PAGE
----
These market specific data points tell the story of what is happening in the local real estate market.  But real estate is driven by broader economic trends, and those data points, like average wage growth, the rate of inflation, interest rates etc. are more broadly tracked and can give some guidance on where the analysts see the direction of the real estate market going.  But Like politics, all real estate is local.  In a city or county the size of LA, there are trends in the market that are quite different than the nation at large, and certain areas in LA also have vastly different real estate markets.  If you are thinking of buying or selling a property, it pays to understand the market.  And when you are ready to hire a real estate agent to represent you, ask them about the market data, if they can’t speak intelligently about market statistics, it is likely that they spend more time counting their commissions than trying to understand where the market is heading.

Timing the Market: Should I list my home over the holidays or wait until spring?

Ask any almost real estate agent if you should list your home for sale during the holidays or wait until some better time, you will get an empathic response; sell now!   The answer is easy for the agent, it’s a slow time of year for Real Estate agents and they need the commission checks.

Aside from agent need, there are a few valid reasons to list over the holidays; a lot of homes come off the market during December and there is much less competition.  Buyers are still out there; some have to move, others may need to buy before the end of the year for tax purposes, are among the most common reasons buyers are active during the holidays.

But timing when to list your home for sale is a decision to be made only by sellers who do not really have to sell.  If you have a new job that requires you to move to another city, or you are about to get foreclosed, then you are not really able to time the market. For this seller, there are few reasons to put off to January what you really need to do now.  And as an upside, you will have the benefits of selling over the holiday. Buyers out there around the holidays can be more serious about their decisions and may be less likely to drag their feet or suffer decision anxiety.  If you do decide to list during the holidays, don’t leave the decorations in the attic; you can enhance the appearance of your home with tasteful holiday decorating.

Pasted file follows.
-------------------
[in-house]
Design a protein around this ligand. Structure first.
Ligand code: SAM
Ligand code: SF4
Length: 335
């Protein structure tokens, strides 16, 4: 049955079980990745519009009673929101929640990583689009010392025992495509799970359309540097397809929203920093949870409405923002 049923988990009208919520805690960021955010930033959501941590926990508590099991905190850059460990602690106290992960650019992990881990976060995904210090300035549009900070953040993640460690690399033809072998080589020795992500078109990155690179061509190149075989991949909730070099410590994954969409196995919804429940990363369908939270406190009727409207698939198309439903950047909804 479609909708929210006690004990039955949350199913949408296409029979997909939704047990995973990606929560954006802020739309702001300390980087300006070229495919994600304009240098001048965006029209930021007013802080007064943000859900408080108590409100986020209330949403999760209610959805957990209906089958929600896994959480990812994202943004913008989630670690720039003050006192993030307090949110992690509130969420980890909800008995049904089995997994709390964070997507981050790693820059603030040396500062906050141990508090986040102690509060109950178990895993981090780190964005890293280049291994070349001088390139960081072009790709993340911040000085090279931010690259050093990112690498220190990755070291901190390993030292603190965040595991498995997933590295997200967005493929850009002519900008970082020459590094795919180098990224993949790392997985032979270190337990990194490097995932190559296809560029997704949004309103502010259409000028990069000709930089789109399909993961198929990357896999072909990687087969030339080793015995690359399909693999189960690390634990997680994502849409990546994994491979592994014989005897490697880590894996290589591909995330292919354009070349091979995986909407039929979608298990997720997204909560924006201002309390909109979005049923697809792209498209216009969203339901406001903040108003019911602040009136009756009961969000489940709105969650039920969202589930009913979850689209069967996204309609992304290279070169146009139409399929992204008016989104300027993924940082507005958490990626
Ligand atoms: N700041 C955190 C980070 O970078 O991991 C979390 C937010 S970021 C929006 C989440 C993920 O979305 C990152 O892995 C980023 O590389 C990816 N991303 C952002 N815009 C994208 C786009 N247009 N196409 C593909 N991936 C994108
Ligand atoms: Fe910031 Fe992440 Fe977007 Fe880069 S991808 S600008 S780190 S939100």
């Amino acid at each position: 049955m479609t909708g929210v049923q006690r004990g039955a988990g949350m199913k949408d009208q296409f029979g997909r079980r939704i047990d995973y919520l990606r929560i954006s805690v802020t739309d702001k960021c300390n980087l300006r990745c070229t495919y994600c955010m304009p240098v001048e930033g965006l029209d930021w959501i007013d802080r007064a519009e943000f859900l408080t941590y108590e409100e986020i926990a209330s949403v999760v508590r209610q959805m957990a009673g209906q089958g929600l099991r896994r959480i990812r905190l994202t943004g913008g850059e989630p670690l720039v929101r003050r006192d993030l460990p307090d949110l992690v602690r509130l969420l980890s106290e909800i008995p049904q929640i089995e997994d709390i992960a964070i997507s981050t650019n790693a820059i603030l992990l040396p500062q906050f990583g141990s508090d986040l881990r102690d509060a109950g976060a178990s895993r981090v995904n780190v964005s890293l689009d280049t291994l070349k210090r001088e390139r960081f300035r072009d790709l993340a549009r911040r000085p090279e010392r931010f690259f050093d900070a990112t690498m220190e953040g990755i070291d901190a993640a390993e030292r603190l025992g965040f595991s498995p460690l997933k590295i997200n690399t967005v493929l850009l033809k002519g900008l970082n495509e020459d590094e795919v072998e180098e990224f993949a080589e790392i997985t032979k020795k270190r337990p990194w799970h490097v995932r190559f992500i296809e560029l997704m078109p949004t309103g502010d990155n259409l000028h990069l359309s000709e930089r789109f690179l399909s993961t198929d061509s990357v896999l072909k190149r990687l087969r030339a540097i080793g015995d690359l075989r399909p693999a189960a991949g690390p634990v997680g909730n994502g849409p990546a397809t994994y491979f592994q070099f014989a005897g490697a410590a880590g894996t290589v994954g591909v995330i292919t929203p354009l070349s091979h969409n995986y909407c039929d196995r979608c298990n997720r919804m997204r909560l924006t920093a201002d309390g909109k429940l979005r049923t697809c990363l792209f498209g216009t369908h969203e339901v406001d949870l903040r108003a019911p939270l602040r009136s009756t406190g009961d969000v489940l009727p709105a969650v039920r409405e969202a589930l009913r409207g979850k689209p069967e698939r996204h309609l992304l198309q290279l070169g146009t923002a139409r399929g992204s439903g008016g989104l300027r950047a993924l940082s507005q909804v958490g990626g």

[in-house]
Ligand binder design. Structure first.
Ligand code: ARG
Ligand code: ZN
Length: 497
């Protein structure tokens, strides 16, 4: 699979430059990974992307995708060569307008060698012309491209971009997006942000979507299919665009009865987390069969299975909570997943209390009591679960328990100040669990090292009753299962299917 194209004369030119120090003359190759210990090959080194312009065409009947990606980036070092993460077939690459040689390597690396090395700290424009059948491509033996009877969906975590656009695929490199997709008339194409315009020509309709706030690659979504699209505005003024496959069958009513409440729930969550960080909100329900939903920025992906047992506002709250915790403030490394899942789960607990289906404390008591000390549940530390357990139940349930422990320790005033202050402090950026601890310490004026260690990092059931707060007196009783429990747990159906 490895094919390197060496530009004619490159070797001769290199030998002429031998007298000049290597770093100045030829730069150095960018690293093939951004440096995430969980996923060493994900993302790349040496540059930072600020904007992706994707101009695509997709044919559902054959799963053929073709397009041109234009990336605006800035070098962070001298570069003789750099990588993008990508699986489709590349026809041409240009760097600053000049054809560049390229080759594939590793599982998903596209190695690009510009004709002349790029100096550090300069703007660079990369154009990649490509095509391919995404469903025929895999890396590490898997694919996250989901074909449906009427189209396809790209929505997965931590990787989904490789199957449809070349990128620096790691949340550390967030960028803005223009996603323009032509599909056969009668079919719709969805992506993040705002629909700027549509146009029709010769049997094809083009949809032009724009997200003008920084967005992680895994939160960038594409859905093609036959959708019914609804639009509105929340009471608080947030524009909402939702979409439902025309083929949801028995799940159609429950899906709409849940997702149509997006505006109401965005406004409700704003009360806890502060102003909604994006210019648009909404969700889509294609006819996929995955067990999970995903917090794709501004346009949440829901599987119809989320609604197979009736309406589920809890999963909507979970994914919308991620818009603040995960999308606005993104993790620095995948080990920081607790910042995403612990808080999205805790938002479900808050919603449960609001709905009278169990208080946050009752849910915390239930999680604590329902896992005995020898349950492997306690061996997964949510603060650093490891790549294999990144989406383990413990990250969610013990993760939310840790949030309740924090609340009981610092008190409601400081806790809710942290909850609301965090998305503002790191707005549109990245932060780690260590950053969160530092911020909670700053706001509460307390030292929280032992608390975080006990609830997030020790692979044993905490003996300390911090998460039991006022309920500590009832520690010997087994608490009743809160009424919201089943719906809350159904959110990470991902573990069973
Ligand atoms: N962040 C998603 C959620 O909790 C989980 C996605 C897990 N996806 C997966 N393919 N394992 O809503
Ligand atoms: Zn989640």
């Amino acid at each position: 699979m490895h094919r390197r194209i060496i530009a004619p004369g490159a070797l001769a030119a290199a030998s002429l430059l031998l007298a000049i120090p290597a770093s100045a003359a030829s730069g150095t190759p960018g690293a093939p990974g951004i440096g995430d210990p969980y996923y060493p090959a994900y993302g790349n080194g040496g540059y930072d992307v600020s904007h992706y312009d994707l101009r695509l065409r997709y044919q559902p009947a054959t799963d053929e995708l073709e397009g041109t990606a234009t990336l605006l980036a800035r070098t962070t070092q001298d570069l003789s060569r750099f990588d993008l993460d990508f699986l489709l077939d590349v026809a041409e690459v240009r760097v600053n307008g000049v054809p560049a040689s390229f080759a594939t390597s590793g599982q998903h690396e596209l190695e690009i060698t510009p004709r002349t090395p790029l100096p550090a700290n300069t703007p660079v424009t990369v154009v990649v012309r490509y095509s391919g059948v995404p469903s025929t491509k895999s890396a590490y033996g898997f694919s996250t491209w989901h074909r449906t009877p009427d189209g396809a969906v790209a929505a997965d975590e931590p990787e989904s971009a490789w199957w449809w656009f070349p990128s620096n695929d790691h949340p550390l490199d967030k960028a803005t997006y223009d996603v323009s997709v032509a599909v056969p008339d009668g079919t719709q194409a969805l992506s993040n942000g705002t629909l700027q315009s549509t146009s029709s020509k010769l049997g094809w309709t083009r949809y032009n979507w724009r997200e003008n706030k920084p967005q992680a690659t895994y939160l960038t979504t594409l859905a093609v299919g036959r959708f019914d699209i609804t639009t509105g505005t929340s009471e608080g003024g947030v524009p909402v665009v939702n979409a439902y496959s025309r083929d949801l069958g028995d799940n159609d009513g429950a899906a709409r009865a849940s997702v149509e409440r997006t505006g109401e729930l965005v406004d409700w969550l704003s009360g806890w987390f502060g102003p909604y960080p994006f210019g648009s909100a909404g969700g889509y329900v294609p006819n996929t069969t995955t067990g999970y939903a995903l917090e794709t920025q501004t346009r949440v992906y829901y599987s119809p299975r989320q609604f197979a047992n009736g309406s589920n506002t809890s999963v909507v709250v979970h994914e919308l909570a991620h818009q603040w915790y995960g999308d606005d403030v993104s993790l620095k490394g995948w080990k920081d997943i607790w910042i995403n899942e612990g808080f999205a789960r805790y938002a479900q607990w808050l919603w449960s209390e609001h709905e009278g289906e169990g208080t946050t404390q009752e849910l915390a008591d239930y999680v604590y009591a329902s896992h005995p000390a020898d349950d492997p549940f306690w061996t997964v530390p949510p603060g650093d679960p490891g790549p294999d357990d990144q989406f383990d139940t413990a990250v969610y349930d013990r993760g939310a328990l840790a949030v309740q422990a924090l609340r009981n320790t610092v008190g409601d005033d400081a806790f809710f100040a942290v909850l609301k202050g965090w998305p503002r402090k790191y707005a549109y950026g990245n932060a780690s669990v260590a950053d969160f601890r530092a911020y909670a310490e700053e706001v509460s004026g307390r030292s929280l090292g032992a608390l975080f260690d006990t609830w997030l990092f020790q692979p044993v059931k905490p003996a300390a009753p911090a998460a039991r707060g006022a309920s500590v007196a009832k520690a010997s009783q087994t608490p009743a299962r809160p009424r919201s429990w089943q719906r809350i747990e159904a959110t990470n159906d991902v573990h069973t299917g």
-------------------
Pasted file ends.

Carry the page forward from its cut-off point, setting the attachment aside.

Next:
But the larger question about how to time the market is a serious issue with a lot at stake.  There is seasonality to real estate sales.  In Los Angeles, over the past three years, the number of homes for sale has peaked each year between July and September.  The lowest number of homes for sale has traditionally been December.  Things pick up after the first of the year, and slowly climb to their peak and then fade.  The graph looks like this;


Those  who are thinking of selling for other reasons; moving to a larger home, downsizing, taking profits etc,  you need to examine your reasoning, map out your plan of action, then move forward according to what makes the most sense.  There is data that supports early May as the best time to list your home for sale, but the increased competition can offset whatever statistical gains that the data identifies.

Just keep in mind, if you are thinking of selling, and then buying another property in the Los Angeles real estate market, the most important element of the timing decision is to avoid getting caught as a buyer in the heated summer market.  Whether you are moving up or downsizing you will face stiffer competition from other buyers and sellers in the market over the summer.

If you want to discuss timing with a real estate agent who will listen and offer pros & cons without pressure, contact LAandymay.



Is it better to buy or sell your home first?

page cut out from a vintage 1956 issue of an architectural magazine etsy

When selling your home in order to buy another home, the question of which to do first comes up immediately.  Should I sell my current home first or should I buy my next home then sell?  This can be a tough decision to make.  If you currently own a home and are considering a move, you need to first examine the reasons you are moving.  Are you relocating for a new job? Have you out grown your current home?  Are you downsizing empty nesters?  Having a clear goal in mind will help make the decision of what to do first easier.  For example, if you own your home outright with no mortgage, it’s much easier to buy first as you do not have to pay two mortgages and you will be in a better position to decide which of your belongings fit in the new place and which need to be tossed out.

Pros of Selling First

Not paying mortgages on two house

You know exactly how much you have to spend on your new home.

You’re not tempted to take a lower offer because you are not the under pressure of multiple mortgages and the desire to get into your new home


Pros of Buying First

You don’t have to move twice, once to a temporary rental after your current home sells, then again to your new home.

You will be less likely to rush to choose your new home and possibly miss out on a better deal.

Not stuck in a temporary situation like a rental that could add stress to your daily life.